Now I am a great fan of historical fiction but have been a bit averse to the genre because most tell the stories of kings, princesses, and prostitutes with very campy romantic plots that have been recycled and overused to the point of it being absolutely unbearable to those who are looking for a bit more variety in their historical fictions.

Well with Karen Maitland’s Company of Liars, I’ve at last found a book that I simply cannot recommend highly enough.

This novel is completely driven by enigmatic and likable characters (enough with the prostitute with the heart of gold bit!). Needless to say, nobody gets embroiled in a passionate and forbidden love affair, nor are there prostitutes to be delivered into the arms of merry monarchs after a life of misery and suffering. Instead, readers are transported to 14th century England to the time of the Black Plague as nine desperate strangers attempt to escape death as it inexorably surrounds them. We follow this group of strangers across their travels throughout countrysides and villages as the readers truly get a sense of the time and period as lived by people gripped by the plague (Ain’t that refreshing? A historical period not described through the eyes of a princess or prostitute but just ordinary, simple folk). Truly, what made this book a true gem are the characters. We have nine strangers with distinct and believable personas (yes there is a young girl who can seemingly predict the future but this trait only adds to the unexpected ‘creepy’ factor in this novel as she is not your average ‘helpless, young, blonde peasant’) and the mix of the bunch as the plot twists and turns is what makes this a real page-turner.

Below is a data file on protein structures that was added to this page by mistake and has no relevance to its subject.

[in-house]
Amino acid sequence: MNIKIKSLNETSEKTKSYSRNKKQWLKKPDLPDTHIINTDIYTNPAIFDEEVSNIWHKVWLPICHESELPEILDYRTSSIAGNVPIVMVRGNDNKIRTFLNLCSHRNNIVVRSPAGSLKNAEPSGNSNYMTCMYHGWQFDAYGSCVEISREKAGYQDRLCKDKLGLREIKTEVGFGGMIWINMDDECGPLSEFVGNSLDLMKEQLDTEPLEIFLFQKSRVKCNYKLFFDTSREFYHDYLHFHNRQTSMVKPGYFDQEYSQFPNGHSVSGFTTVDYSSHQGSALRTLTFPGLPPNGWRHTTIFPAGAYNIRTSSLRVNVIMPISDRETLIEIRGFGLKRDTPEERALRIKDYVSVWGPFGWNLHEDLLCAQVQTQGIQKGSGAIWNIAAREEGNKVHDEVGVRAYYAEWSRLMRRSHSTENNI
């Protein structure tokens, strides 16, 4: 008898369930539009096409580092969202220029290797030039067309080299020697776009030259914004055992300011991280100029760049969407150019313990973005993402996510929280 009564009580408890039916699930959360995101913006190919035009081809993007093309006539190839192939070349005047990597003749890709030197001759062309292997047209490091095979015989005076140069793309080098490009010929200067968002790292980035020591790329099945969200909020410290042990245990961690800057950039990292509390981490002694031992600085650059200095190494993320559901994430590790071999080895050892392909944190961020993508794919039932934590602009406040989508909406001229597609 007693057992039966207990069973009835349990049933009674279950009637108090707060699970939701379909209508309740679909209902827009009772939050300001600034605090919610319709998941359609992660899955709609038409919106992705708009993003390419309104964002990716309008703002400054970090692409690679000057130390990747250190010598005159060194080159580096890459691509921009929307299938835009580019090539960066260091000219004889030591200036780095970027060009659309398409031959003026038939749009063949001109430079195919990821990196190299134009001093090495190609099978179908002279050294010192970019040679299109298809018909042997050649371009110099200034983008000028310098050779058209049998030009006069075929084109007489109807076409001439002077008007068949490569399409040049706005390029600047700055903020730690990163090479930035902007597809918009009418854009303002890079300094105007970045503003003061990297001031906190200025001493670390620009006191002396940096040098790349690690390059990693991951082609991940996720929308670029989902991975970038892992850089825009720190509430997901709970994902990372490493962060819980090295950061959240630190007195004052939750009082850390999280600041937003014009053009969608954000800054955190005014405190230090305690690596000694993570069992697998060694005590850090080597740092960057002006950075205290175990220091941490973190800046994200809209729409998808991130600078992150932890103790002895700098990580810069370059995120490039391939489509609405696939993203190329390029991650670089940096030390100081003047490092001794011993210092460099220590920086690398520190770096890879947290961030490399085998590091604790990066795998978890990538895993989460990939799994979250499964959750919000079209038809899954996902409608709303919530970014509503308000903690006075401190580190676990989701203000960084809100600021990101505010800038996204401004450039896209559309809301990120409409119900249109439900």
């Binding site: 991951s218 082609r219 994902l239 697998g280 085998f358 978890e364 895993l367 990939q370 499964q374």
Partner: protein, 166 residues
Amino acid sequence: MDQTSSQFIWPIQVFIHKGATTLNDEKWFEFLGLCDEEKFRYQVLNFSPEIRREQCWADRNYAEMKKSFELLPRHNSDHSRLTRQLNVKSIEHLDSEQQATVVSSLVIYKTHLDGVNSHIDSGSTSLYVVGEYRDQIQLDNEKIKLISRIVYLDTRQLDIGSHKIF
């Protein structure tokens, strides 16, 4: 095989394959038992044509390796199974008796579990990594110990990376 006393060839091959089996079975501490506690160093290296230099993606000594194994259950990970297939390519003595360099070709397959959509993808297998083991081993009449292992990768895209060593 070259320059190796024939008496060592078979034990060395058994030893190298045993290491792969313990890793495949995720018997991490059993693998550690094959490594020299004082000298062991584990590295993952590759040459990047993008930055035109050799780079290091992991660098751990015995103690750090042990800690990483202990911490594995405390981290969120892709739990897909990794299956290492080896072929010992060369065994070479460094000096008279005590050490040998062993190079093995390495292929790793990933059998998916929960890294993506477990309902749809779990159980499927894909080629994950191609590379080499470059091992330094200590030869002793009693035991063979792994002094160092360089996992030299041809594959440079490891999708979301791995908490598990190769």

Additionally, it was hard to say where the story was gonna go. All we are given at the beginning is that this rag-tag group is trying to escape the plague…. and as you read on you genuinely do start to care about each character (even the horrid, nasty one(s)). As one gets absorbed with the struggles that the group of travellers face, readers also become familiar with each character bit by bit. A process that I truly relished and enjoyed as Maitland writes ever so vividly but without exaggeration. The dialogue between characters and description of settings are very readable- Maitland is very straight-forward with her words without feeling the need to romanticize every paragraph.

However you do have to ask yourself why you would want to read a book set in this time period? Is it to learn more about the plague? Or is it to get absorbed in a wonderful fictional story contained in such a setting. Some reviewers did not like this book because of a historical factual slip or two but really it is the characters and their story within the backdrop of the plague that makes this book a winner. Who cares if one little event mentioned in passing by the author didn’t actually happen when the author said it did? It had zero consequences on the plot and lives of the characters. There are more exciting and unsettling things going on with the story to be bothered by an inconsequential slip.

However a word of caution: As one settles into the story, the reader must not forget what this book is called: COMPANY OF LIARS…. yes, and when a story is this good with characters so well written- I almost forgot that there is plenty of deception going on, but what about and why? For the most part we have the leader of the group doing most of the narration- a very likable central figure… and as he tells the story and others in the group tell theirs as well, it is a little bit unnerving and quite the psychological delight to try and guess what the lies being told are and for what purpose? As soon as you decide which characters you like and which you don’t…. and the creepy little girl starts to give hints as to what may be going on…. and a single sentence gives you a hint that a character you adore may not be what he seems…. it’s this VERY SUBTLE and yet ensnaring mind-game that makes this book a must-read and a page-turner in every sense of the word.

Company of Liars; Maitland, Karen; Penguin UK; £7.99